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A guide to the most commonly misunderstood Medicare terms

Color portrait of Sachi Fujimori By Sachi Fujimori

As you approach retirement age, you may be starting to think ahead to the future. What are your health coverage options? For those new to Medicare, it helps to first get up-to-speed on some of the basic terms. That way, when it’s time to make these important health care decisions, you’ll be better prepared to choose a plan that fits your needs. 

Read on to decode some of the more commonly misunderstood Medicare terms. (You might even be surprised to realize how much you already know!)   

What’s the difference between Medicare and Medicaid?

Medicare is the federal health insurance program for people 65 and older and younger people with certain disabilities. Read more on getting Medicare when you have a disability. Medicaid is a joint federal and state program that provides health coverage for people with limited incomes. 

What’s the difference between Original Medicare and Parts A and B?

They mean the same thing. Original Medicare, the federal health program, includes two parts: Part A (hospital coverage) and Part B (medical care). Part A typically covers inpatient care in a hospital or skilled nursing facility, and home health care. Part B usually covers doctor visits and preventive services. Visit “Unpacking the Parts of Medicare” to learn more.

Learn the language of Medicare so you can be equipped to make smart plan decisions.

What’s the difference between Medicare Part C and Medicare Advantage?

Both terms refer to the same thing. Instead of Original Medicare from the federal government, you can choose a Medicare Advantage plan (Part C) offered by a private insurance company. These plans include all of the benefits and services of Parts A and B. They may include prescription drug coverage as part of the plan. In addition, Medicare Advantage plans may offer extra benefits and services, such as vision, dental and hearing coverage, and fitness memberships. Visit “Unpacking Medicare Advantage” for more info.  

What’s the difference between Medicare Supplement and Medigap?

Don’t be confused by these terms — they mean the same thing. For those on Original Medicare, you can buy additional coverage through private insurance companies to help pay for costs that are not covered, such as copayments, coinsurance and deductibles.

What's the difference between an HMO and PPO plan?

Medicare Advantage HMO plans usually require you to stay within a network. It’s an affordable option for people who are working with a variety of physicians and would benefit from coordinated care across a network of local providers. The choice of specialists is narrowed to keep costs lower.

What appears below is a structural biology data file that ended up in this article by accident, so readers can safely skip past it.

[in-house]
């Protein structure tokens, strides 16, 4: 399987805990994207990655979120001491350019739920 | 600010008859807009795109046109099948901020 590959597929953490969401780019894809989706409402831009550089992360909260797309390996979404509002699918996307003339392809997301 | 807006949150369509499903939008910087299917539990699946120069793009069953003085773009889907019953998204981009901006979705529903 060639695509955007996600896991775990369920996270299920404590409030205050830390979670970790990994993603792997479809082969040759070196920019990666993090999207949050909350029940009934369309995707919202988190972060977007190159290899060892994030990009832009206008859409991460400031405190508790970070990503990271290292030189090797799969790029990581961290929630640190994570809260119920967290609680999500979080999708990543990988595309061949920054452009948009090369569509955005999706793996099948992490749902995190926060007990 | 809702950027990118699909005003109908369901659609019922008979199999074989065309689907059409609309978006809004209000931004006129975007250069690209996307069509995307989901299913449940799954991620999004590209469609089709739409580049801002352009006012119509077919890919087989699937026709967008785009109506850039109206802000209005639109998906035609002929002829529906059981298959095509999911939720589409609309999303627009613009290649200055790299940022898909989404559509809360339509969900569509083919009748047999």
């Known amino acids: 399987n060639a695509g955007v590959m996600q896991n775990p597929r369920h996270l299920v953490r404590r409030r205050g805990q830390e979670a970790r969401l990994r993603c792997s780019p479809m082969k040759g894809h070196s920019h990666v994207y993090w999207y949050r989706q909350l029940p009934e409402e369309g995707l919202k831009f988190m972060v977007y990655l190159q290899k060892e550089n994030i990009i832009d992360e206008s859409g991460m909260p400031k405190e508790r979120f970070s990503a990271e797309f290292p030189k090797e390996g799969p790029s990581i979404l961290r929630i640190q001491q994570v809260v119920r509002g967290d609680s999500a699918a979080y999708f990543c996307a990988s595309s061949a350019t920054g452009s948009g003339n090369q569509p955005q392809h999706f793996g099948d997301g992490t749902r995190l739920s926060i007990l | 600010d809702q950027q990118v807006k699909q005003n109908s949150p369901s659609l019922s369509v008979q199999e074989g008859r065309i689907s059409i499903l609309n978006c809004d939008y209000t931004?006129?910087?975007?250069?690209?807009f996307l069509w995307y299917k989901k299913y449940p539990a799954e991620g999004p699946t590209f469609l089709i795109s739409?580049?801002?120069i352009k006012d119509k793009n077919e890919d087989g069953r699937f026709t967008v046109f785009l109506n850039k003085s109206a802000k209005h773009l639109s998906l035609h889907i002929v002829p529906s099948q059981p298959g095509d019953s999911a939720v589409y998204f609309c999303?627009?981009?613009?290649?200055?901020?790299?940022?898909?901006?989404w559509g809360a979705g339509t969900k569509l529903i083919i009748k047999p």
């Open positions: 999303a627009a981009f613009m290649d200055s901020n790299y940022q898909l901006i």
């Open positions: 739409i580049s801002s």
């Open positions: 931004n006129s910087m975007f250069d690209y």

Medicare Advantage PPO plans offer more flexibility and choice in a wide network of providers. You may visit doctors, specialists or hospitals out of network, but it may cost more. Some PPO plans may have a higher monthly premium than HMO plans.

What is the donut hole in Medicare?

The donut hole refers to a gap in coverage, during which you may have to pay more for your prescription drugs. Here’s how it works:

  • Once you and your drug plan spend a certain amount towards your prescription drug costs, you enter the donut hole or coverage gap.
  • While in the donut hole, you may pay a higher percentage of the cost of your prescription drugs until you pay enough out of pocket to exit this level.

To learn more about when the donut hole period takes effect, read “Unpacking Part D."

What is a formulary?

This is a list of prescription drugs that’s covered by the plan. To lower costs, many plans place drugs into different tiers — or pricing categories — on their formularies. Drugs on each tier cost a different amount, and plans can structure their tiers in different ways. Generally, the lower the tier, the less you pay.

We’ve also included some basic health insurance terms that are helpful for understanding your Medicare coverage.

  • A premium is a monthly amount you pay for coverage.
  • A deductible is the amount you must pay for covered health care services or prescriptions before Original Medicare, your Medicare Advantage plan or your prescription drug plan begins to pay.
  • Coinsurance is the percentage of what you pay (for example, 20 percent).
  •  A copayment or copay is a set amount that you pay (for example, $40).
  • An out-of-pocket maximum or limit is the most you’ll pay during a policy period (usually a year) for covered medical services. Once you reach your out-of-pocket maximum, your plan pays 100 percent of medical covered services.

Now that we’ve covered the basics, you should be better prepared to make the right decisions to reach your health goals.